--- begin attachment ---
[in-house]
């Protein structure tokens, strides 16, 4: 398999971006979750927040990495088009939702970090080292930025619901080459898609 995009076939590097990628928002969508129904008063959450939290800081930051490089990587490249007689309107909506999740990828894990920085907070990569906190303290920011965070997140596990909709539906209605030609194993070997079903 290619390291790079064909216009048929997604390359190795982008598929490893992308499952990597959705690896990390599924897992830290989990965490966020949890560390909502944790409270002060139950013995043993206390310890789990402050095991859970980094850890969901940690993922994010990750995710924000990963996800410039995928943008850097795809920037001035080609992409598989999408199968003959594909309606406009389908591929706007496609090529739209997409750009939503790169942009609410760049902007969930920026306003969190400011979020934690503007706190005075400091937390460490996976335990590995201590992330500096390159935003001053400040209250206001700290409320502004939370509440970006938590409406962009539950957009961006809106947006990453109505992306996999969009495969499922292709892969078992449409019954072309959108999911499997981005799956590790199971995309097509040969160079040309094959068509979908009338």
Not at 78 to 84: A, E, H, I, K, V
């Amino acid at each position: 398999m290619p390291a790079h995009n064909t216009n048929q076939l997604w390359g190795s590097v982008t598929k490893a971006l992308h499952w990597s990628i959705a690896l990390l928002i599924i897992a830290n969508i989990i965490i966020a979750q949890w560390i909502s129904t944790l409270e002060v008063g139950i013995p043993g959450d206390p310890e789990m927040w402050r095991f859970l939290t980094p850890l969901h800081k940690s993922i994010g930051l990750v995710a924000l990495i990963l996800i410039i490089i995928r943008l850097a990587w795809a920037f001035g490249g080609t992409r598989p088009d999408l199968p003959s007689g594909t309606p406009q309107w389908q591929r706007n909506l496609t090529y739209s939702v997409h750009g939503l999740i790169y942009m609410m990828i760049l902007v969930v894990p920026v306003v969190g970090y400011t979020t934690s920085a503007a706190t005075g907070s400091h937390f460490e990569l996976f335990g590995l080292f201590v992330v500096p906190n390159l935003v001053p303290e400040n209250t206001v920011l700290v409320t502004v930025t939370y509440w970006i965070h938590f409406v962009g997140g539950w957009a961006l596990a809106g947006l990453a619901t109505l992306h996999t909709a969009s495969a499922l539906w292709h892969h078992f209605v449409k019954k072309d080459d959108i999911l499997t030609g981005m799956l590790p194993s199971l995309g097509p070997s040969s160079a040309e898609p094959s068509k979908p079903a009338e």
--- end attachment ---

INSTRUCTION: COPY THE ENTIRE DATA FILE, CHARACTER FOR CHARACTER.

[in-house]
């Protein structure tokens, strides 16, 4: 398999971006979750927040990495088009939702970090080292930025619901080459898609 995009076939590097990628928002969508129904008063959450939290800081930051490089990587490249007689309107909506999740990828894990920085907070990569906190303290920011965070997140596990909709539906209605030609194993070997079903 290619390291790079064909216009048929997604390359190795982008598929490893992308499952990597959705690896990390599924897992830290989990965490966020949890560390909502944790409270002060139950013995043993206390310890789990402050095991859970980094850890969901940690993922994010990750995710924000990963996800410039995928943008850097795809920037001035080609992409598989999408199968003959594909309606406009389908591929706007496609090529739209997409750009939503790169942009609410760049902007969930920026306003969190400011979020934690503007706190005075400091937390460490996976335990590995201590992330500096390159935003001053400040209250206001700290409320502004939370509440970006938590409406962009539950957009961006809106947006990453109505992306996999969009495969499922292709892969078992449409019954072309959108999911499997981005799956590790199971995309097509040969160079040309094959068509979908009338």
Not at 78 to 84: A, E, H, I, K, V
């Amino acid at each position: 398999m290619p390291a790079h995009n064909t216009n048929q076939l997604w390359g190795s590097v982008t598929k490893a971006l992308h499952w990597s990628i959705a690896l990390l928002i599924i897992a830290n969508i989990i965490i966020a979750q949890w560390i909502s129904t944790l409270e002060v008063g139950i013995p043993g959450d206390p310890e789990m927040w402050r095991f859970l939290t980094p850890l969901h800081k940690s993922i994010g930051l990750v995710a924000l990495i990963l996800i410039i490089i995928r943008l850097a990587w795809a920037f001035g490249g080609t992409r598989p088009d999408l199968p003959s007689g594909t309606p406009q309107w389908q591929r706007n909506l496609t090529y739209s939702v997409h750009g939503l999740i790169y942009m609410m990828i760049l902007v969930v894990p920026v306003v969190g970090y400011t979020t934690s920085a503007a706190t005075g907070s400091h937390f460490e990569l996976f335990g590995l080292f201590v992330v500096p906190n390159l935003v001053p303290e400040n209250t206001v920011l700290v409320t502004v930025t939370y509440w970006i965070h938590f409406v962009g997140g539950w957009a961006l596990a809106g947006l990453a619901t109505l992306h996999t909709a969009s495969a499922l539906w292709h892969h078992f209605v449409k019954k072309d080459d959108i999911l499997t030609g981005m799956l590790p194993s199971l995309g097509p070997s040969s160079a040309e898609p094959s068509k979908p079903a009338e």